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Regulators must co-operate to allow scaled advice

Advice industry regulatory bodies need to agree on clear guidelines and examples of what compliant scaled advice would look like before most licensees would be willing to offer it, an industry compliance expert has said.

Forte Consulting Solutions’ Phil Osborne, who presented to politicians including Jane Hume and Stephen Jones in Canberra this week as part of an AIOFP initiative, said previous attempts to blame the lack of available scaled advice services on ‘licensee conservatism’ were ill-informed.

“The advice industry would like nothing more than to have the provision of scaled advice as standard practice to help reduce the cost of advice for consumers,” Mr Osborne said.

“While it might be perceived that licensees are being conservative in not allowing this to occur, the reason for any conservatism is the major concern for whether a piece of scaled advice ends up in front of a body who takes the view that more information should have been given, and that penalties should apply.”

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Following the recent announcement from ASIC that it would release a consultation around its current scaled advice guidelines, Mr Osborne said any new regulatory approach had to also involve AFCA and FASEA to ensure advisers were not inadvertently left open to legal action through giving scaled advice.

“We propose that those overseeing the process – politicians, ASIC, AFCA, FASEA – consult with licensees and advisers who are at the coalface to develop a common view for guidance as to what might be, as the Corporations Act already puts it, ‘reasonably apparent’ for adequate recommendation inclusions in an advice document for scaled advice,” he said.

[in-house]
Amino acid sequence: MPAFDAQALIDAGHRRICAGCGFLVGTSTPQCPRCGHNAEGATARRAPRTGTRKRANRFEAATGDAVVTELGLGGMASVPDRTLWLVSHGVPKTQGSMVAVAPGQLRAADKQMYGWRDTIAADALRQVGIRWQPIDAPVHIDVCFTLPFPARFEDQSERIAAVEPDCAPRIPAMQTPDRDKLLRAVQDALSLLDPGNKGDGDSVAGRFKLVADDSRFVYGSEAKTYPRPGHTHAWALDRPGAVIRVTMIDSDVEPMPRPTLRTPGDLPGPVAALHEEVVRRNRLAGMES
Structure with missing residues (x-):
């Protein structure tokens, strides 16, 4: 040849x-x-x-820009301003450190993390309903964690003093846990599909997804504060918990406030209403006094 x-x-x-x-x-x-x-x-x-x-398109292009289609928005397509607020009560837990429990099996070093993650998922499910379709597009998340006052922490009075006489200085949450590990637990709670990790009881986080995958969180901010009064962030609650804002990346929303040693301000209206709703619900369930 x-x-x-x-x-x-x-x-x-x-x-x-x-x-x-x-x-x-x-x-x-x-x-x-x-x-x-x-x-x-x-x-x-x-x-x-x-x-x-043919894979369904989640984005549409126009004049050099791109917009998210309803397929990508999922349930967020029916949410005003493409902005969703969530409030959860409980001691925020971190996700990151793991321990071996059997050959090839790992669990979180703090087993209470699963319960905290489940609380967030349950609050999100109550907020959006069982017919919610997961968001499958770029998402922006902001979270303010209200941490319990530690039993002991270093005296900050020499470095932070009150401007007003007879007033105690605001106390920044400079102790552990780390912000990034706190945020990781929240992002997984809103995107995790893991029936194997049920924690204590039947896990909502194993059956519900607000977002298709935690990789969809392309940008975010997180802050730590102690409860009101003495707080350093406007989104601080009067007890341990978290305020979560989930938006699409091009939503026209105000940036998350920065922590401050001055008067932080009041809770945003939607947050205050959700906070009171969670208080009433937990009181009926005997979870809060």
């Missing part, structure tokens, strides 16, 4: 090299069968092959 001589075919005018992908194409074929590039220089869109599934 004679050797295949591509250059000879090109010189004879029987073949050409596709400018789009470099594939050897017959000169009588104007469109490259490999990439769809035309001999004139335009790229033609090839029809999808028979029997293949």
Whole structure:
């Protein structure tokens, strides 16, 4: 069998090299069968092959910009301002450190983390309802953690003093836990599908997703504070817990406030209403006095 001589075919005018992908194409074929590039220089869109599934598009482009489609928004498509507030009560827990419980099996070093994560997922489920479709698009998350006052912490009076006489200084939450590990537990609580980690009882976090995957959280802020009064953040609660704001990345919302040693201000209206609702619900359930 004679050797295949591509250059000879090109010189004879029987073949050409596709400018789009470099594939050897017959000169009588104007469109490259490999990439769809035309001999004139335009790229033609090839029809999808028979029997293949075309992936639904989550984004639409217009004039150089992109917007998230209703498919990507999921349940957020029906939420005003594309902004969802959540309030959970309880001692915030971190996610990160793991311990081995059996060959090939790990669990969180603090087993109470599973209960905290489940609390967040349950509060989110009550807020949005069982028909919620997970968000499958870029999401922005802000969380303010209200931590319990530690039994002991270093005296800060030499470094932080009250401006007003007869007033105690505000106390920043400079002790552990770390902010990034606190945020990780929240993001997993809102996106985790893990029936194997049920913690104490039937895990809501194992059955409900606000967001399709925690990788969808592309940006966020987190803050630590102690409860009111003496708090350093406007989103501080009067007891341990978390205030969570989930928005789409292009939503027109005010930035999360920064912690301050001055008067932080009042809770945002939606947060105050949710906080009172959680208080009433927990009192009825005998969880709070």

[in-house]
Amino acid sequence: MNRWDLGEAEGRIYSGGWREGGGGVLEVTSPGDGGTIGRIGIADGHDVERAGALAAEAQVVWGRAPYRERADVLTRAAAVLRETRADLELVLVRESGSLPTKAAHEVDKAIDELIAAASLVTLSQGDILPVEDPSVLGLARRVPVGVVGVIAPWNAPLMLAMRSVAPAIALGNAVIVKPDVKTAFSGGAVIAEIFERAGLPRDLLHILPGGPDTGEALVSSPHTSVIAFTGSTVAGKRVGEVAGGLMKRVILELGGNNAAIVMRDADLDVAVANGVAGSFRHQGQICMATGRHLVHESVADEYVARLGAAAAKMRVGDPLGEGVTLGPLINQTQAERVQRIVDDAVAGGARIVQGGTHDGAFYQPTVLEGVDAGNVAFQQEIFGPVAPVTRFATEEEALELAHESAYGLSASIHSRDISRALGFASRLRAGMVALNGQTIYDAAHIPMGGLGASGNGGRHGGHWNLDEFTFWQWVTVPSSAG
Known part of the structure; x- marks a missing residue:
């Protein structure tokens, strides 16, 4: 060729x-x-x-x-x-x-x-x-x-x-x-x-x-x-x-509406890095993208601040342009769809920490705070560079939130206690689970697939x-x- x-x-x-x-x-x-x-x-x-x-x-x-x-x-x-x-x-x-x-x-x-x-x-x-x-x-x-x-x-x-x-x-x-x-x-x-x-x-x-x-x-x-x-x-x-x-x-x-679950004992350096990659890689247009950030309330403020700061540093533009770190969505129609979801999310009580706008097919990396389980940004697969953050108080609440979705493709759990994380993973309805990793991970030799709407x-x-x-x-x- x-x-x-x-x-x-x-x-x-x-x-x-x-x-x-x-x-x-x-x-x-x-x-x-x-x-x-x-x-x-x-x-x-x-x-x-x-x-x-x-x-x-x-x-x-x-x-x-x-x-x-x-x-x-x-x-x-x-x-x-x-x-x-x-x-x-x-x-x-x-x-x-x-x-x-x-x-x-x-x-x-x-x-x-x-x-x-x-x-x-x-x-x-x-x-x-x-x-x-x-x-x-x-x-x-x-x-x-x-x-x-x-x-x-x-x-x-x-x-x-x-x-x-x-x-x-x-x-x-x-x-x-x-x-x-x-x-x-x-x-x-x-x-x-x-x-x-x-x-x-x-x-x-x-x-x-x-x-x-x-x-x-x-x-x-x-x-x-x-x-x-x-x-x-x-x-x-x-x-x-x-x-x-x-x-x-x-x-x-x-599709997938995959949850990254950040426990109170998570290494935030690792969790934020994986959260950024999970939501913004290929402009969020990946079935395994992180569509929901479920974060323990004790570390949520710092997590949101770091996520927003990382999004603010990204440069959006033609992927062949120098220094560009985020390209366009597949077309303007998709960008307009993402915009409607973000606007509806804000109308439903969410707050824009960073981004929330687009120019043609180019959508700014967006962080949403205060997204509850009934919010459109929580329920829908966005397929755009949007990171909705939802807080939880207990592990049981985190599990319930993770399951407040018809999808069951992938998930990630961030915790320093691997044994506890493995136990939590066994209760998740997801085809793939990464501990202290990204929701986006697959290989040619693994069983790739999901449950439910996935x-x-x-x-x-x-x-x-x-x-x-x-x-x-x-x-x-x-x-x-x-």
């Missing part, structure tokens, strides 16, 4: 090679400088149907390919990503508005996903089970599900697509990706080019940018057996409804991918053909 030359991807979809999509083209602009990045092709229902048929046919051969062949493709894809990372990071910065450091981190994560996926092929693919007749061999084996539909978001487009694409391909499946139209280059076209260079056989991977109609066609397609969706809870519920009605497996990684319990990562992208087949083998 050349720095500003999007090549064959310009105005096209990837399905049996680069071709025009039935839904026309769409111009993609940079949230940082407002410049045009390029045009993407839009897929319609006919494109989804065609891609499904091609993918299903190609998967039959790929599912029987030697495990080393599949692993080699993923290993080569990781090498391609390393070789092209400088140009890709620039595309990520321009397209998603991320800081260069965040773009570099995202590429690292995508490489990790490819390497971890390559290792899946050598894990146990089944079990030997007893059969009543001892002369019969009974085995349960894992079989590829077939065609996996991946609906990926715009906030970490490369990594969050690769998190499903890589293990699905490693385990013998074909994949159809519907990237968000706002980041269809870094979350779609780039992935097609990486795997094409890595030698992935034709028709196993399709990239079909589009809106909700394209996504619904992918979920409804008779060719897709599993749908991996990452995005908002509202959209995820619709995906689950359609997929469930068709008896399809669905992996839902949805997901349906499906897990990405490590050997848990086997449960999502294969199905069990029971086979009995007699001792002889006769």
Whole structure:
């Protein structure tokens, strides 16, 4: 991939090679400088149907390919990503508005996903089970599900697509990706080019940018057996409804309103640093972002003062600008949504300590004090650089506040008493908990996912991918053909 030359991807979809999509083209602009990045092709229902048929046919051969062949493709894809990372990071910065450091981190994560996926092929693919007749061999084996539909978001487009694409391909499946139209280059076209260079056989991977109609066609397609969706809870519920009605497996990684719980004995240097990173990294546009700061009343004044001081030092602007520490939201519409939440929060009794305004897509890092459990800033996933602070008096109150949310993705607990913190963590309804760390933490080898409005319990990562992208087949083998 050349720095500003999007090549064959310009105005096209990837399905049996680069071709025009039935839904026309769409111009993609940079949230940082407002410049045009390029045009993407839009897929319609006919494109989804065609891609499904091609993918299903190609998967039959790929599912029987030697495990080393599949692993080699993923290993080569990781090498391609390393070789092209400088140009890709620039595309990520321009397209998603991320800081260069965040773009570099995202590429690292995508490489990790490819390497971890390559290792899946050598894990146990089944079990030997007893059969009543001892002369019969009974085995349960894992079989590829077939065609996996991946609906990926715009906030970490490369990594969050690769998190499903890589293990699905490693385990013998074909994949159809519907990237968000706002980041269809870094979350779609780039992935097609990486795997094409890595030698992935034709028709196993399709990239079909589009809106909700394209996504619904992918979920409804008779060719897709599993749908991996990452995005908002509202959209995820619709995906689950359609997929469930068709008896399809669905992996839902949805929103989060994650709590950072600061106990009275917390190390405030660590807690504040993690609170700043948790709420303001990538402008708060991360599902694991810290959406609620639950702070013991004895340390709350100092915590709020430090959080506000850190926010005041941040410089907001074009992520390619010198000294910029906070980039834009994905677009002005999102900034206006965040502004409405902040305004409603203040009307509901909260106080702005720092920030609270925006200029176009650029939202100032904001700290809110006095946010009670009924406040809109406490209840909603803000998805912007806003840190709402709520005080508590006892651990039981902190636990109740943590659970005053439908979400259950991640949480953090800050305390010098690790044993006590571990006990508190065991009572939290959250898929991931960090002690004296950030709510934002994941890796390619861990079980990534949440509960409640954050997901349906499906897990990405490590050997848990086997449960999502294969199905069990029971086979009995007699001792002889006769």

Mr Osborne’s research indicated the initial advice process was now taking an approximate 36 hours of client time from end to end, with SOA production the largest contributor to the administrative blowout.

AIOFP executive director Peter Johnston said the association was regularly engaging with politicians to help them understand how current industry dynamics were contributing to the lack of affordable advice on the market at present.

“Politicians need to understand that any costs imposed onto advisers are immediately levied against their clients – advisers can no longer afford to absorb these costs,” Mr Johnston said.

“Advice costs have tripled over the past five years due to a massive increase in compliance paperwork that needs to be rationalised to eliminate duplication and irrelevant procedures.

“It now costs consumers a minimum of $5,000 to be onboarded with an adviser and similarly with ongoing servicing fees. Consent form legislation will increase this cost to $6,500. 

“Financial advice is fast becoming a service only the wealthy can afford.”

Regulators must co-operate to allow scaled advice
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